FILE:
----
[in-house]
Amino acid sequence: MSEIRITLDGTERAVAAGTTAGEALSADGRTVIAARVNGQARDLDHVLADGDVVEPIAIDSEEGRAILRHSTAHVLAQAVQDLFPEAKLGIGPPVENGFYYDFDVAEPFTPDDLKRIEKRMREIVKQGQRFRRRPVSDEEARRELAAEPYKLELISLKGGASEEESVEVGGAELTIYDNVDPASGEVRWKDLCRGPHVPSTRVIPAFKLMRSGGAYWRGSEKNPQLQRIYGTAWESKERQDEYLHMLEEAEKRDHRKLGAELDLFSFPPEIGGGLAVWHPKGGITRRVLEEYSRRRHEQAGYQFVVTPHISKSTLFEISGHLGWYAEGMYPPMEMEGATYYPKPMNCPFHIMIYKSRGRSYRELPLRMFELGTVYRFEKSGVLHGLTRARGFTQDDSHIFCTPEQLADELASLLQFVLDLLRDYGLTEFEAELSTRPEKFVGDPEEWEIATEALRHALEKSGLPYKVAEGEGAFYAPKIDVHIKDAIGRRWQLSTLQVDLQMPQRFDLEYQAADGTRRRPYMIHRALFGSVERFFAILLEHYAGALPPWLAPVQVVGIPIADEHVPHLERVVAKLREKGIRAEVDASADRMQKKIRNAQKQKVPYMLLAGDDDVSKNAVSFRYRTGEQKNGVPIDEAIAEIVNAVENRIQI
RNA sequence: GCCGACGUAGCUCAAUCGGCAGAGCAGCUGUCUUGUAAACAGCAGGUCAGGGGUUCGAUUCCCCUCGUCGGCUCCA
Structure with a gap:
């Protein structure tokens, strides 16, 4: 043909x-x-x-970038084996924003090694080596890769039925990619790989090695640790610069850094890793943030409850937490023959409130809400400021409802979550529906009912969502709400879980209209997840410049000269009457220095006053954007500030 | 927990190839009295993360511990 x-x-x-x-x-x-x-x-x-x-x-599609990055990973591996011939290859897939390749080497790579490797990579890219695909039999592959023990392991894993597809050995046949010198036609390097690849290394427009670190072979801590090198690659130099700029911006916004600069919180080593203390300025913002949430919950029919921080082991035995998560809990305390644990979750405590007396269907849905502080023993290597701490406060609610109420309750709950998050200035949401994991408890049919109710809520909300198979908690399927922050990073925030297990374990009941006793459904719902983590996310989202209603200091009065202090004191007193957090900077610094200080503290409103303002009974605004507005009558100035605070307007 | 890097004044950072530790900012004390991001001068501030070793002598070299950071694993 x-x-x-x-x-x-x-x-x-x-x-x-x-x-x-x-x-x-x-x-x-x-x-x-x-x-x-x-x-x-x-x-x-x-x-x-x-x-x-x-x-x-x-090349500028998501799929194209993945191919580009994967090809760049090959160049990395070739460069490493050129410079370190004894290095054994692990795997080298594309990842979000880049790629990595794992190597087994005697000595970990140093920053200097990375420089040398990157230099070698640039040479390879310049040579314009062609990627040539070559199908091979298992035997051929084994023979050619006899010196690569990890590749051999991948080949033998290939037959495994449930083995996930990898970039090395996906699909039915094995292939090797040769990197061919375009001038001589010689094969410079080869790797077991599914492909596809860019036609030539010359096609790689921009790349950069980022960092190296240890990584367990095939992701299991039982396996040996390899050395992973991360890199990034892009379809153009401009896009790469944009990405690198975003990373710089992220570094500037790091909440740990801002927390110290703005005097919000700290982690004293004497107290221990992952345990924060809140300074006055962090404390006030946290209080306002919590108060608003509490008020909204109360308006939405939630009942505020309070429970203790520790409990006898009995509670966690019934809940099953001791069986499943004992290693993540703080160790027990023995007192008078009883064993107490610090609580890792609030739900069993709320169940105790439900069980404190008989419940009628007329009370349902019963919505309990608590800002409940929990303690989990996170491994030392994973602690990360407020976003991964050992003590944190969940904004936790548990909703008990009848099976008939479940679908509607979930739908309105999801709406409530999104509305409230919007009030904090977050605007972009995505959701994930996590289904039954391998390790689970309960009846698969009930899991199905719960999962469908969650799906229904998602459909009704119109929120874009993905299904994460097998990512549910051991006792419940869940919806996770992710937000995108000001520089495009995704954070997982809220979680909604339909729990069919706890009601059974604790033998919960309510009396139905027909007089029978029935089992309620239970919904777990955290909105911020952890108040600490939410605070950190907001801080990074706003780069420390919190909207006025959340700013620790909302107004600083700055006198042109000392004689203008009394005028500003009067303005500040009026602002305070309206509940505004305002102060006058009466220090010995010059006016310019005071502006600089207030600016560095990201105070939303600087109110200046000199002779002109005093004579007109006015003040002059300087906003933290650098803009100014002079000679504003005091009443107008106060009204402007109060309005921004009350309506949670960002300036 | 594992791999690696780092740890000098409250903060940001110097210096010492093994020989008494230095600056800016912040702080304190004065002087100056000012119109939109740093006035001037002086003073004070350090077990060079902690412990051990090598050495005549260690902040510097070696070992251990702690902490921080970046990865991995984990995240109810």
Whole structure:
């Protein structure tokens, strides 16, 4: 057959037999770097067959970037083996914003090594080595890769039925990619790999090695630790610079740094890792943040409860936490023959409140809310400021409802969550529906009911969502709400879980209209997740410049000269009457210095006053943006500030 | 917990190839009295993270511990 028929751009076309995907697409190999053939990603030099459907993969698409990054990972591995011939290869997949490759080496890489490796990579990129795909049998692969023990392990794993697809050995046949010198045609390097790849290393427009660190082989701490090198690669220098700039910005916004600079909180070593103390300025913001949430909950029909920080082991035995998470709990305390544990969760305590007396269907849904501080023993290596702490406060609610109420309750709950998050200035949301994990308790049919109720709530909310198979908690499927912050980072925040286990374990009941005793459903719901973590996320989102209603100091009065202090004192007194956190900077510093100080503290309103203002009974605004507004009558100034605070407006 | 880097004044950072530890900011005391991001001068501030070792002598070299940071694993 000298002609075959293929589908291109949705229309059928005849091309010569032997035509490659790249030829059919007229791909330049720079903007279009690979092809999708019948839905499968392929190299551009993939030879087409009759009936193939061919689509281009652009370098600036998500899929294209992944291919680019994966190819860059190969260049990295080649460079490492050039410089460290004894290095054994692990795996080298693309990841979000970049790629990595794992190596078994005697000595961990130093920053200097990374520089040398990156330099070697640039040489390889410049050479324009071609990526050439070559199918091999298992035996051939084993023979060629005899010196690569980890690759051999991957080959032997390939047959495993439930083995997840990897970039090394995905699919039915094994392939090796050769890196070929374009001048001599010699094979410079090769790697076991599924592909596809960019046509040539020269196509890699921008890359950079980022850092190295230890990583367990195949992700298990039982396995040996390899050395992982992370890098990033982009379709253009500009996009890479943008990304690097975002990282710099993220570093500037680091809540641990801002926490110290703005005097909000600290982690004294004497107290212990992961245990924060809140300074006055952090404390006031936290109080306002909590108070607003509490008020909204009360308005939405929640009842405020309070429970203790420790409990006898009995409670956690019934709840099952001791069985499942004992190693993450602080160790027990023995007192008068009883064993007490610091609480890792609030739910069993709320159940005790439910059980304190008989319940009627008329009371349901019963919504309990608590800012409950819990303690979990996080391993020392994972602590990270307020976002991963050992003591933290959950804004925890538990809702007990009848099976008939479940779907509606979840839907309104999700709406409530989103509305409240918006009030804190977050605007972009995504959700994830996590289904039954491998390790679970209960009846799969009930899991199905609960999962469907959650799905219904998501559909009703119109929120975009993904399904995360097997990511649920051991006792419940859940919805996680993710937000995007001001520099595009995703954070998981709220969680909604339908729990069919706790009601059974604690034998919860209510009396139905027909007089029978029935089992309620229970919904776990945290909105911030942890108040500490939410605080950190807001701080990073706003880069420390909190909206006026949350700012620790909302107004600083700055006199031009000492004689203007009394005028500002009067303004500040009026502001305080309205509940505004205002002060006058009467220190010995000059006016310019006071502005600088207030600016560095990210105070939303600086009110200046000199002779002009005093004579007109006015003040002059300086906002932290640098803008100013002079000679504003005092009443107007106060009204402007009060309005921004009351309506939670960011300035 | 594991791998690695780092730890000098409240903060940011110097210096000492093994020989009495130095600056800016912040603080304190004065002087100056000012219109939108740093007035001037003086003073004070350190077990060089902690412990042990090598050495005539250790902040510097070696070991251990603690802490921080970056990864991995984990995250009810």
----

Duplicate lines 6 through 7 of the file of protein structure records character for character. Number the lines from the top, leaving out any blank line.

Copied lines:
Whole structure:
């Protein structure tokens, strides 16, 4: 057959037999770097067959970037083996914003090594080595890769039925990619790999090695630790610079740094890792943040409860936490023959409140809310400021409802969550529906009911969502709400879980209209997740410049000269009457210095006053943006500030 | 917990190839009295993270511990 028929751009076309995907697409190999053939990603030099459907993969698409990054990972591995011939290869997949490759080496890489490796990579990129795909049998692969023990392990794993697809050995046949010198045609390097790849290393427009660190082989701490090198690669220098700039910005916004600079909180070593103390300025913001949430909950029909920080082991035995998470709990305390544990969760305590007396269907849904501080023993290596702490406060609610109420309750709950998050200035949301994990308790049919109720709530909310198979908690499927912050980072925040286990374990009941005793459903719901973590996320989102209603100091009065202090004192007194956190900077510093100080503290309103203002009974605004507004009558100034605070407006 | 880097004044950072530890900011005391991001001068501030070792002598070299940071694993 000298002609075959293929589908291109949705229309059928005849091309010569032997035509490659790249030829059919007229791909330049720079903007279009690979092809999708019948839905499968392929190299551009993939030879087409009759009936193939061919689509281009652009370098600036998500899929294209992944291919680019994966190819860059190969260049990295080649460079490492050039410089460290004894290095054994692990795996080298693309990841979000970049790629990595794992190596078994005697000595961990130093920053200097990374520089040398990156330099070697640039040489390889410049050479324009071609990526050439070559199918091999298992035996051939084993023979060629005899010196690569980890690759051999991957080959032997390939047959495993439930083995997840990897970039090394995905699919039915094994392939090796050769890196070929374009001048001599010699094979410079090769790697076991599924592909596809960019046509040539020269196509890699921008890359950079980022850092190295230890990583367990195949992700298990039982396995040996390899050395992982992370890098990033982009379709253009500009996009890479943008990304690097975002990282710099993220570093500037680091809540641990801002926490110290703005005097909000600290982690004294004497107290212990992961245990924060809140300074006055952090404390006031936290109080306002909590108070607003509490008020909204009360308005939405929640009842405020309070429970203790420790409990006898009995409670956690019934709840099952001791069985499942004992190693993450602080160790027990023995007192008068009883064993007490610091609480890792609030739910069993709320159940005790439910059980304190008989319940009627008329009371349901019963919504309990608590800012409950819990303690979990996080391993020392994972602590990270307020976002991963050992003591933290959950804004925890538990809702007990009848099976008939479940779907509606979840839907309104999700709406409530989103509305409240918006009030804190977050605007972009995504959700994830996590289904039954491998390790679970209960009846799969009930899991199905609960999962469907959650799905219904998501559909009703119109929120975009993904399904995360097997990511649920051991006792419940859940919805996680993710937000995007001001520099595009995703954070998981709220969680909604339908729990069919706790009601059974604690034998919860209510009396139905027909007089029978029935089992309620229970919904776990945290909105911030942890108040500490939410605080950190807001701080990073706003880069420390909190909206006026949350700012620790909302107004600083700055006199031009000492004689203007009394005028500002009067303004500040009026502001305080309205509940505004205002002060006058009467220190010995000059006016310019006071502005600088207030600016560095990210105070939303600086009110200046000199002779002009005093004579007109006015003040002059300086906002932290640098803008100013002079000679504003005092009443107007106060009204402007009060309005921004009351309506939670960011300035 | 594991791998690695780092730890000098409240903060940011110097210096000492093994020989009495130095600056800016912040603080304190004065002087100056000012219109939108740093007035001037003086003073004070350190077990060089902690412990042990090598050495005539250790902040510097070696070991251990603690802490921080970056990864991995984990995250009810």